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Dec 19, 2022Liked by Richard Hanania, Brian Chau

Richard should make right wing rationalism happen. That’s very funny but a good description. He should make an article laying out the beliefs.

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After finishing the conversation, I want to second this request. Hanania's perception of a burgeoning tech-rationalism-BrahminRight coalition seems accurate to me. I would love to see him flesh the idea out.

The first clue that this realignment was a "thing" was the New Yorker's article on Slatestarcodex: https://www.newyorker.com/culture/annals-of-inquiry/slate-star-codex-and-silicon-valleys-war-against-the-media. At the time of the article's release, I thought it was well-written enough, but the framing struck me as strange. What does a psychiatrist's blog have to do Sillicon Valley vs. The Media? Why is almost a third of the article on Balaji Srivinasan who has only a tenuous connection to rationalism?

Part of the answer is surely narcissism on the part of the New Yorker. The media seems to love reporting on meta-news (news about the news). So to them, this angle seemed the most interesting.

But in the past year or so, the tech-vs-media culture war framing has seemed more and more prescient. I know it's precarious to get your view of the world from twitter, but it really is striking how tech elites like Paul Graham, Marc Andreesen, and Elon Musk who previously coded as neutral/apolitical are now retweeting memes about declining testosterone levels and First World birth rates. Something is happening.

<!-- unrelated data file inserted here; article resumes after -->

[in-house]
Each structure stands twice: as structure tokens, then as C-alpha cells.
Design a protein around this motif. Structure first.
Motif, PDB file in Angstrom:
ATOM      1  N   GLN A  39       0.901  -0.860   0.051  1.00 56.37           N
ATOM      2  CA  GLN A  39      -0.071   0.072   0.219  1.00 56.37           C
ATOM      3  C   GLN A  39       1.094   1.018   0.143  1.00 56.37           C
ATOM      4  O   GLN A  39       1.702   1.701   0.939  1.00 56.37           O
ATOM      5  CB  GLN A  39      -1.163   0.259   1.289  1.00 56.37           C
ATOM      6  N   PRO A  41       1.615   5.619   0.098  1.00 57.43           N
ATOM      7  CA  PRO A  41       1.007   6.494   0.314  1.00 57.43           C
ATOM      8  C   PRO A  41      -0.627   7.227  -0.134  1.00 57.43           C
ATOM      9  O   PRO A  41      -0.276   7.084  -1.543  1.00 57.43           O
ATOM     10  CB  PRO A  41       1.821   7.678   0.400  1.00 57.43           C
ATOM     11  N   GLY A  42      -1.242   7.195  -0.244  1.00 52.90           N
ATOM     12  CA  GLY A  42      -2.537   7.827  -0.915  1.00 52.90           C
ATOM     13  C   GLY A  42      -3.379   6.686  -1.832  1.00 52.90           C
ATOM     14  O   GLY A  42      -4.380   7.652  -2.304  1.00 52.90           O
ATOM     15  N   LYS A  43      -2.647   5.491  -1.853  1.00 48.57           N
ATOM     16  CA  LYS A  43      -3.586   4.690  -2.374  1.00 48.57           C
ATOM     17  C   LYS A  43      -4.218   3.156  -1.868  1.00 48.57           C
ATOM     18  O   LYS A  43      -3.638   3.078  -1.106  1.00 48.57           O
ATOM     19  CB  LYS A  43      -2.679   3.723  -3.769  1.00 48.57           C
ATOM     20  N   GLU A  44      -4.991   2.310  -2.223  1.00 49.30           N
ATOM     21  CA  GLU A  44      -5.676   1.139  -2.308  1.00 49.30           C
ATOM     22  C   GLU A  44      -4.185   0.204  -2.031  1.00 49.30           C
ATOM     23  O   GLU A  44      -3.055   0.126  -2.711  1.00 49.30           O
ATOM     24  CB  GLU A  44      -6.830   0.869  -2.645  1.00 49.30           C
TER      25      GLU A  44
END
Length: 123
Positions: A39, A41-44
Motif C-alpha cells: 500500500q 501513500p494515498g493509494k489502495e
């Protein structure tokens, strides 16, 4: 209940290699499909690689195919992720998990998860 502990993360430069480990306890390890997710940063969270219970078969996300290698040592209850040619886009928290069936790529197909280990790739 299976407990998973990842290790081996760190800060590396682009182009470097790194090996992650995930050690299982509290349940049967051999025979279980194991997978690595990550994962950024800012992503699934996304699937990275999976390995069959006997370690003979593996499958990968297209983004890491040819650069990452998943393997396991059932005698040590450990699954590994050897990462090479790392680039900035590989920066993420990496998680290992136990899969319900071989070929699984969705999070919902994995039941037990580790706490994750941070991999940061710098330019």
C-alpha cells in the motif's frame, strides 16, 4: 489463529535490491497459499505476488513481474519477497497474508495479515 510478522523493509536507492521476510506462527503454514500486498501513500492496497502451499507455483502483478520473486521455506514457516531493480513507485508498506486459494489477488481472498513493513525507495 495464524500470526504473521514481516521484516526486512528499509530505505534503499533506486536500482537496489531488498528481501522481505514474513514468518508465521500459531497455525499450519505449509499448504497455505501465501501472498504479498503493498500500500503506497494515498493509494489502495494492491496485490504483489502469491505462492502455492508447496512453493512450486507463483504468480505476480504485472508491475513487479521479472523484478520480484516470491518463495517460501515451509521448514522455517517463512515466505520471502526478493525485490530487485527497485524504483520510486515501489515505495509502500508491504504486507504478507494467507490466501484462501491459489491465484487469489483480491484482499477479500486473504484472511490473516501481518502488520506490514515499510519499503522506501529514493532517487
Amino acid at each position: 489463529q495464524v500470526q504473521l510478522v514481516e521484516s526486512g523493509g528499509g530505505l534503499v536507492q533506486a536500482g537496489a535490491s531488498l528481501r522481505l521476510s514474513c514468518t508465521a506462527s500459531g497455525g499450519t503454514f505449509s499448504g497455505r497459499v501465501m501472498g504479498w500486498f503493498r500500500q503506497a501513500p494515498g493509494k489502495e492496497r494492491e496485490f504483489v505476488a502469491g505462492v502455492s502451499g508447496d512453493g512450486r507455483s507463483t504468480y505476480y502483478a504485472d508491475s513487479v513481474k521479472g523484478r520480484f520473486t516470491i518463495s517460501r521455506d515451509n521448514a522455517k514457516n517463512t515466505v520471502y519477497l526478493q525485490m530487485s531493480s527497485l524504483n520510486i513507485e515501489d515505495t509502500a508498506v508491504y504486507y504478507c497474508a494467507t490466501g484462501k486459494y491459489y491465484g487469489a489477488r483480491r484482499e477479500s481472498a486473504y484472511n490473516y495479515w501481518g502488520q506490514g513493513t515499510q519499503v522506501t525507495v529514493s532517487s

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Dec 19, 2022Liked by Richard Hanania, Brian Chau

I haven't listened to the episode yet, but I am really excited that you brought Hanania back on.

One thing I appreciate about Hanania is the frankness with which he speaks about class in America (a quality that he shares with his frequent collaborator Rob Henderson). On the one hand, he correctly identifies many of the worst pathologies of the upper middle class--feminization, credentialism--which is a source of a lot of his most insightful commentary. On the other hand, he avoids falling into the all-too-common trap that right-wing commentators can fall into where they valorize the lower classes. The reality is that lower class people are lower class for a reason: they are less smart and have worse impulse control than the upper classes.

Hanania always gets me thinking, so I'm looking forward to this one.

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Wait what? I don't think Hanania valorizes the lower classes at all. https://richardhanania.substack.com/p/conservatism-as-an-oppositional-culture

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deletedDec 20, 2022·edited Dec 20, 2022Liked by Brian Chau
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My bad.

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Well there is something *between* upper and lower. I appreciate Hanania too but have more appreciation for regular guy sensibilities/capabilities. The libertarian self-control aristocracy he's kind of a figurehead for is even less populist than the minoritarian woke and their toxic views of humanity.

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Outside of the envy/precariat frame, i think the analysis of "middle-upper classes trying to be in charge of social justice/everything" misses out on the Shelby Steele "white guilt" frame, which i suppose could certainly come back to bring an imposter, but i do think many feel genuinely guilty

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I think it's definitely an undertone although we could discuss it more. Very related to class anxiety imo

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Dec 30, 2022Liked by Brian Chau

Brian, have you written or talked about optimizing vs. social climbing vs. instinct anywhere else? From the podcast I have an idea about what you mean, but I'd like to hear/read more. Thanks.

Can you be an optimizer without being particularly good at it? What if you just admire optimizers more than social climbers?